Either way, congratulations for not only winning this, but actually making it through without dying a single time! And it looks like Pip actually gets to keep his loot this time round.

As usual, any questions about this book are welcome, and I will start the thread for the next book in a couple of days (unless you guys prefer to move on to something else).

FINAL QUEST JOURNAL:
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Thaluikhain
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Joined: 29 Sep 2016
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PostPosted: Sat Nov 04, 2017 3:57 am    Post subject: Re: [Let's Play]Grailquest 2: The Den of Dragons Reply with quote Add User to Ignore List

You guys, didn't I say:

Thaluikhain wrote:
If not, I'll skip this one...but only on the understanding that other players make sure to kill the Brass Dragon and to close the Gateway in my absence.


You had one two jobs...I think I'd better be involved in the next one to see it's down properly.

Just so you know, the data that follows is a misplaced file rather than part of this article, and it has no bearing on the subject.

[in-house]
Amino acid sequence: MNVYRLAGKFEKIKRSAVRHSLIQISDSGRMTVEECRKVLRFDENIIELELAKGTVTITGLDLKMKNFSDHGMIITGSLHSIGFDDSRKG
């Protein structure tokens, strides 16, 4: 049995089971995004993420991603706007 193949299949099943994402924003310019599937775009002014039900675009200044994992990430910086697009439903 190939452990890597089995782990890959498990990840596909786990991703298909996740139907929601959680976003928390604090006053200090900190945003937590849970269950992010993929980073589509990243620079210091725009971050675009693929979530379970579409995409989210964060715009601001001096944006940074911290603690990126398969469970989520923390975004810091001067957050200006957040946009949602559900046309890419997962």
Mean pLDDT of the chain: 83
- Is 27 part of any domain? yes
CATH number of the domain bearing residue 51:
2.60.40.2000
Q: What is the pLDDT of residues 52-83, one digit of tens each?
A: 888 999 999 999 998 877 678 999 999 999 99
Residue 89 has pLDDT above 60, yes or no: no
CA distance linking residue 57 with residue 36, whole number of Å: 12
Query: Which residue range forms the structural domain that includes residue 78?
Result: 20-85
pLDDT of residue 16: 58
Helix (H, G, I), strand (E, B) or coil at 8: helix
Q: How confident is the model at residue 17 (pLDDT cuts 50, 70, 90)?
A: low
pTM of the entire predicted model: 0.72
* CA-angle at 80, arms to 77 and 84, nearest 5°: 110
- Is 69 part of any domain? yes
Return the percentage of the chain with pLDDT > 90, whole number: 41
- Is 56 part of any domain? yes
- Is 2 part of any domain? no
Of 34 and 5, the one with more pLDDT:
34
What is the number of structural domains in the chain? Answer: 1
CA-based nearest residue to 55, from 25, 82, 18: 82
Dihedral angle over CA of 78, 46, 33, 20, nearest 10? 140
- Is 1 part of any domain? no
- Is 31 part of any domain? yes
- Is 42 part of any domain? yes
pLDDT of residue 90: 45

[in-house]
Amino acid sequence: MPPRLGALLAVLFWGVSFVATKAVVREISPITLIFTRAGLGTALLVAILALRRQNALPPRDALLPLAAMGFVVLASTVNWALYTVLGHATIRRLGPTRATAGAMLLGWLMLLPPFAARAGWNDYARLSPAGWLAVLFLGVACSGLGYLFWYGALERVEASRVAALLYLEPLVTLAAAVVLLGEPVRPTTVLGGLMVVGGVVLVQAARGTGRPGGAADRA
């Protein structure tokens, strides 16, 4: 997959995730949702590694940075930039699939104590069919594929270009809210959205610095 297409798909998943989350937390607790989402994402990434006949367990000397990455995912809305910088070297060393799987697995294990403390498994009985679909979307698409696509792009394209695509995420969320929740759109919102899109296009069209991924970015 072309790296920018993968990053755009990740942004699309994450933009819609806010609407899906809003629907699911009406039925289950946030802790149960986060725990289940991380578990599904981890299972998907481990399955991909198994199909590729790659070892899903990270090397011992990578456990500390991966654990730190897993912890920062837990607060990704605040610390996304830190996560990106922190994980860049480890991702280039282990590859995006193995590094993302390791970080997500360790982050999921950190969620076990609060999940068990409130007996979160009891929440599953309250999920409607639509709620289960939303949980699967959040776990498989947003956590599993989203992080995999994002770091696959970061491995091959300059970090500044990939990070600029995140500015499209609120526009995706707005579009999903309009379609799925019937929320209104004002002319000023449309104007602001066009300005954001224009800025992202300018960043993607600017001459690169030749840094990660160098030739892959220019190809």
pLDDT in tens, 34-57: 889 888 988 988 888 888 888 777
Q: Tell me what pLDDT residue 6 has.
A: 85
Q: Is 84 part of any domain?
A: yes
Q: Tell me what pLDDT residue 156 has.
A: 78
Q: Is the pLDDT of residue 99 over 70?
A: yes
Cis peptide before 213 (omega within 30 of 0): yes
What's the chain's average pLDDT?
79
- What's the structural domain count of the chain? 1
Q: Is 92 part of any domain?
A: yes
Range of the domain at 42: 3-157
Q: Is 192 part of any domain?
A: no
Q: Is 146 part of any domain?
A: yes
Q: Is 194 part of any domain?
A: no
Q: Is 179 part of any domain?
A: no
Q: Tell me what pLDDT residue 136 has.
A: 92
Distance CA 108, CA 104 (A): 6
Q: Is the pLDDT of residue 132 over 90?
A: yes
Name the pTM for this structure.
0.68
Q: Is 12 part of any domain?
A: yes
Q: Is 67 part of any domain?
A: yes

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SlyJohnny
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PostPosted: Sun Nov 05, 2017 3:41 pm    Post subject: Reply with quote Add User to Ignore List

Could we have used the duck on the medusa, and what would we have got for beating her?
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Darth Rabbitt
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PostPosted: Sun Nov 05, 2017 5:19 pm    Post subject: Reply with quote Add User to Ignore List

Was there a way to close the Gateway in this book?
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SGamerz
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PostPosted: Mon Nov 06, 2017 11:32 am    Post subject: Reply with quote Add User to Ignore List

Darth Rabbitt wrote:
Was there a way to close the Gateway in this book?


No, because that's the quest for Book 3. Smile
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SGamerz
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PostPosted: Sun Nov 12, 2017 4:47 am    Post subject: Reply with quote Add User to Ignore List

SlyJohnny wrote:
Could we have used the duck on the medusa, and what would we have got for beating her?


Okay, I can't believe I missed this question the last time. Sorry. >_<

I don't think the duck works, since the Medusa doesn't use actual spells. She auto-kills Pip if she hits twice in the row. With Invisibility, she can still auto-kill if she hits 3 times in a row. She needs to roll 8 or better to hit. But she also has 100 LP.

We get 200000 gold for beating her, which looks great, but money aren't that useful in this book after purchasing your initial equipment (since there's no Bribery).